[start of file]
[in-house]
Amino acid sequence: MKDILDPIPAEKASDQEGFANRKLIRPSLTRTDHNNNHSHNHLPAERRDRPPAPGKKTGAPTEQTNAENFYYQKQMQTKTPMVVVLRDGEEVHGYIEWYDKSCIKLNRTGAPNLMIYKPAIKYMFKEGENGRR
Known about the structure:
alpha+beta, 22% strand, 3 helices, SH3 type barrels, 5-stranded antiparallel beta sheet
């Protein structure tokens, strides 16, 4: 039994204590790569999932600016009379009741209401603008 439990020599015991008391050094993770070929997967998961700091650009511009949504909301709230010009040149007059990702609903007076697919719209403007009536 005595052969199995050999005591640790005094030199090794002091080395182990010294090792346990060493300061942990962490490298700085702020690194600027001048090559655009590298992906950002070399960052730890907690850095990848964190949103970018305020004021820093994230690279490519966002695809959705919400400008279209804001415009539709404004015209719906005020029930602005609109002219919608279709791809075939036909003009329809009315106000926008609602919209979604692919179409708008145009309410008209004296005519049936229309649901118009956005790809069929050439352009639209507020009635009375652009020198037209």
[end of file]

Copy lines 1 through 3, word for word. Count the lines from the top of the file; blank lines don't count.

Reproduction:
[in-house]
Amino acid sequence: MKDILDPIPAEKASDQEGFANRKLIRPSLTRTDHNNNHSHNHLPAERRDRPPAPGKKTGAPTEQTNAENFYYQKQMQTKTPMVVVLRDGEEVHGYIEWYDKSCIKLNRTGAPNLMIYKPAIKYMFKEGENGRR
Known about the structure: